BERTIE: I’ve ever really spoken to.
Of course, the subtext is that Lionel is the first person that Bertie has spoken to about these issues. Lionel has now reached the status of Trusted Adviser.
6 “BE SURE YOUR ADVICE IS BEING SOUGHT.”
The next time Bertie and Lionel meet, the prince is very angry with his elder brother. David is intent of marrying Mrs Simpson, a divorcee, so putting heart before duty. If it happens, Bertie will become King.
BERTIE: I am not an alternative to my brother.
LIONEL: If you had to, you could outshine David…
Lionel reaches out and gives Bertie a pat of comfort on the shoulder. Bertie pulls back in offended shock.
BERTIE: Don’t take liberties! That’s bordering on treason.
LIONEL: I’m just saying you could be King. You could do it!
BERTIE: That is treason.
They face each other, as though in combat.
LIONEL: I’m trying to get you to realise you need not be governed by fear.
BERTIE: I’ve had enough of this.
LIONEL: What are you afraid of?
BERTIE: Your poisonous words.
Bertie strides away, leaving Lionel to realise that he is no longer adviser to the man who is likely to be King.
It’s a brilliant scene, both dramatically and as illustration of a key point in Client intimacy. No matter how close the relationship becomes, there will always be areas that are off limits. Here, advice should only be given when invited.
7. “When you need help, ask for it.”
Events turn in the drama, leading to a reconciliation between Bertie and Lionel. This happens at Lionel’s home, where he is visited by the royal couple while his wife is out playing bridge. Which is just as well, as Lionel has not told her of his ‘star’ Client.
Unfortunately, she returns home early, and finds Elizabeth in the dinning room. Bertie and Lionel are in the parlour, in a scene that reveals the latter’s vulnerability:
BERTIE: Logue, we can’t stay here all day.
LIONEL: Yes we can.
LIONEL: Look, I need to wait for the opportune moment.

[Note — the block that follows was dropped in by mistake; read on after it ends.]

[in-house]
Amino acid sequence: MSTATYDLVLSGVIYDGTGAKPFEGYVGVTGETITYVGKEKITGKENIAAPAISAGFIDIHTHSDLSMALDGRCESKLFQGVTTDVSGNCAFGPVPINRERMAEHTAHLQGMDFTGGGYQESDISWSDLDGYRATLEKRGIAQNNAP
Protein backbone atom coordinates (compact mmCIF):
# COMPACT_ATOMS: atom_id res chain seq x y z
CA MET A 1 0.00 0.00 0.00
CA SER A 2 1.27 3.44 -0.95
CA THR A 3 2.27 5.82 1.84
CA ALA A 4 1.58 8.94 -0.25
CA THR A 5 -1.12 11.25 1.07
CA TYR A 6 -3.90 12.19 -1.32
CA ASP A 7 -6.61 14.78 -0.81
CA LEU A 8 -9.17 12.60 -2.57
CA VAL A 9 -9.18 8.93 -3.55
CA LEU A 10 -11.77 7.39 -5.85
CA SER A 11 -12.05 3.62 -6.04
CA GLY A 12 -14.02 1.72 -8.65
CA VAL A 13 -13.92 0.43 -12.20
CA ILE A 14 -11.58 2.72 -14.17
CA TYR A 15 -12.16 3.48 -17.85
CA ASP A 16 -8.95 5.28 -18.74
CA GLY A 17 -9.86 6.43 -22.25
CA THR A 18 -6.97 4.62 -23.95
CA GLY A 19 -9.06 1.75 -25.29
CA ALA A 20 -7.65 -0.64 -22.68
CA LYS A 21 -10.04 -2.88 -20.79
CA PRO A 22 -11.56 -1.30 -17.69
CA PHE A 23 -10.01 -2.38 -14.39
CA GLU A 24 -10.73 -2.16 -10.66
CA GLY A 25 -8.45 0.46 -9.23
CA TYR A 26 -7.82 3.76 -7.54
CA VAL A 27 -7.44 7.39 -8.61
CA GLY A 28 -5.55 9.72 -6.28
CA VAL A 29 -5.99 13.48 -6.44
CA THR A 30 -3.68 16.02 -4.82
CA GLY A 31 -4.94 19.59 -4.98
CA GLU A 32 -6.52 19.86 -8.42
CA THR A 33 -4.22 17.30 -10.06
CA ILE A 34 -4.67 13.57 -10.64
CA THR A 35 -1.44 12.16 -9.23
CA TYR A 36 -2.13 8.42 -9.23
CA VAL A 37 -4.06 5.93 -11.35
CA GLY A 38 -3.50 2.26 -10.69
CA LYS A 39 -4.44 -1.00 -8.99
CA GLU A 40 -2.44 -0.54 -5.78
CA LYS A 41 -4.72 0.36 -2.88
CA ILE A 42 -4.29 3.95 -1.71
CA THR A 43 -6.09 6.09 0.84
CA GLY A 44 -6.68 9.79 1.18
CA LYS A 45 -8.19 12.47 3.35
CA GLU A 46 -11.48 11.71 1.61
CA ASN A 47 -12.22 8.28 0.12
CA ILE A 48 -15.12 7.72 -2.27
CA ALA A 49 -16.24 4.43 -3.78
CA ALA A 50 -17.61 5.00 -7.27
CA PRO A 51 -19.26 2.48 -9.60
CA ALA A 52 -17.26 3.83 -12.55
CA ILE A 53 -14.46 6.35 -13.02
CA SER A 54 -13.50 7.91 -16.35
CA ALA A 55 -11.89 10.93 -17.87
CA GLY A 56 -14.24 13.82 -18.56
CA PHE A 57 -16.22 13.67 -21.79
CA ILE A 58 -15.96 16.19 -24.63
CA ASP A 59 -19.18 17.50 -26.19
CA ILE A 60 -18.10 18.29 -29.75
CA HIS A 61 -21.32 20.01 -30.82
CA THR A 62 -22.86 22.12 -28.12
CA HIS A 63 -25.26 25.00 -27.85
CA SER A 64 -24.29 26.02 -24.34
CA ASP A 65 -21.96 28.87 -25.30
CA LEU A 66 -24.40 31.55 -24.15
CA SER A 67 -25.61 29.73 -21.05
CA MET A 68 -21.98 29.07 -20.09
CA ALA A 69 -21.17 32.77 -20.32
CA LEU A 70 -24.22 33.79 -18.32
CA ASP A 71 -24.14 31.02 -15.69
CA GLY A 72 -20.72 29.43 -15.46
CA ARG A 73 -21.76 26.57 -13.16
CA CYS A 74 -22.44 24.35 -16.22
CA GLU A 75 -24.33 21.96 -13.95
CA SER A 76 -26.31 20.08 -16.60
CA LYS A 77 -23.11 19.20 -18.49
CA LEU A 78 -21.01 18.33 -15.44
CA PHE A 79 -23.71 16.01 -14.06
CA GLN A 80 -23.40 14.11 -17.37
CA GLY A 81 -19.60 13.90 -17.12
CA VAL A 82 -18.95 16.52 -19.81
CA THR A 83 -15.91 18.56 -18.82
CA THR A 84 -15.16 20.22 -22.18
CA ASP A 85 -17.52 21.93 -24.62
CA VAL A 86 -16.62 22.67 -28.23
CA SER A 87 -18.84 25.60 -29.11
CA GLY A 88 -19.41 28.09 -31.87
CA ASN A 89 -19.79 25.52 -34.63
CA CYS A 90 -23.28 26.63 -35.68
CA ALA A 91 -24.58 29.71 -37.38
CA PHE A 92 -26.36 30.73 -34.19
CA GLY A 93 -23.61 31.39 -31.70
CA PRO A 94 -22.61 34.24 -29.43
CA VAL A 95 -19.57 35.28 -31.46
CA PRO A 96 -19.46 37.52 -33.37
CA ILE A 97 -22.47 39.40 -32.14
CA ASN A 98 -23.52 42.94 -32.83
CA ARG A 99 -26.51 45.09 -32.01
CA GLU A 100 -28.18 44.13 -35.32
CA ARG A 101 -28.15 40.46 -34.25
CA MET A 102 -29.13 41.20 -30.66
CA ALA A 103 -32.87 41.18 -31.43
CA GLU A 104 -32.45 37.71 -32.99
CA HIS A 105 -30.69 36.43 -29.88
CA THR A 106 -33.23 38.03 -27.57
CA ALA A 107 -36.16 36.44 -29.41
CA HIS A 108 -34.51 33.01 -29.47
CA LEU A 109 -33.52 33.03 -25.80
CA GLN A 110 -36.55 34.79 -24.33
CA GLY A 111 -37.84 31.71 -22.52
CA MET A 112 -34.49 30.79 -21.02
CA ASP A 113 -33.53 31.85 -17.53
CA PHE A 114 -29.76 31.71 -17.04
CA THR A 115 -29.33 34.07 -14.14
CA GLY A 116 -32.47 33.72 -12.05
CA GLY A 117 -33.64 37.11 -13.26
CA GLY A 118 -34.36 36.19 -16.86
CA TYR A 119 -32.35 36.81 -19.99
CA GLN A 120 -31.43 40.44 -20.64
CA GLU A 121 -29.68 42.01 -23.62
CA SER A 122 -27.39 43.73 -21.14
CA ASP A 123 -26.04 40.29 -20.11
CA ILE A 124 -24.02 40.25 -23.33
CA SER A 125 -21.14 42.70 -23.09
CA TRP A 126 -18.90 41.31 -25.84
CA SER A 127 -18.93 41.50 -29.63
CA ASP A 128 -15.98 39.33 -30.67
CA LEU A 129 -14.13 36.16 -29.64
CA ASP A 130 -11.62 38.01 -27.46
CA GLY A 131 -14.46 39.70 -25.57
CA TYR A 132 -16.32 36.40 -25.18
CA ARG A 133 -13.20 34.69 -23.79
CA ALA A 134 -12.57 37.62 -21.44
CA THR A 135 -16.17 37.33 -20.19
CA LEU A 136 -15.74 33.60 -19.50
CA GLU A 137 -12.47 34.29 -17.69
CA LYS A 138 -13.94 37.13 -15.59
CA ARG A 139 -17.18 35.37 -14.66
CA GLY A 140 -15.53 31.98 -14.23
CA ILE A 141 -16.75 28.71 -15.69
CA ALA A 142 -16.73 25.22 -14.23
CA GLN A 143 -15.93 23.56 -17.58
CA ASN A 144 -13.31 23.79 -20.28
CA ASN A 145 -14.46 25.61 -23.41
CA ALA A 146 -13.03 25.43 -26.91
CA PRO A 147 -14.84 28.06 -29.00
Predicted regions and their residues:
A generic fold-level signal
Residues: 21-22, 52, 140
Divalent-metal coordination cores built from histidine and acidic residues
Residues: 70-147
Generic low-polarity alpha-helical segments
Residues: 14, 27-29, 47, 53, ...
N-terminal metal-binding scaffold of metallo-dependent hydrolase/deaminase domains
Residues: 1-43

BERTIE: (realising) You’re being a coward!
LIONEL: You’re damn right.
Decisive, Bertie stands and throws open the door.
BERTIE: Get out there, man!
And so the adviser is advised.
8. “Just because the client asks a question, doesn’t mean it’s the right question to answer.”
Bertie’s coronation is the first major test of Lionel’s methods. He attends the preparations at Westminster Abbey, and gets a very cold reception from the Archbishop of Canterbury, who takes an exception to this antipodean outsider. In the following scene, it’s obvious that ‘the establishment’ has done some digging into Lionel’s past, which they have fed to Bertie.
BERTIE: True, you never called yourself ‘Doctor’. I did that for you. No diploma, no qualifications. Just a great deal of nerve.
How does Lionel respond? By pointing out that when he was developing his methods (to help shell-shocked soldiers returning from the Great War) there was no training. He admits that he has no piece of paper, but asks Bertie to focus on his track record of results, and what they have achieved together.
I’ll stop at this point rather than spoil the end for those who haven’t yet seen The King’s Speech. I hope this post encourages you to do so, both as an emotionally charged historical biopic and as an object lesson in building Client relationships.
Maister et al say of the trusted advisor role: “… virtually all issues, personal and professional are open to discussion and exploration. The trusted advisor is the person the Client turns to when an issue first arises, often in times of great urgency: a crisis, a change, a triumph, or a defeat.”
For any of us hoping to build such a relationship, there’s plenty to learn from Lionel Logue.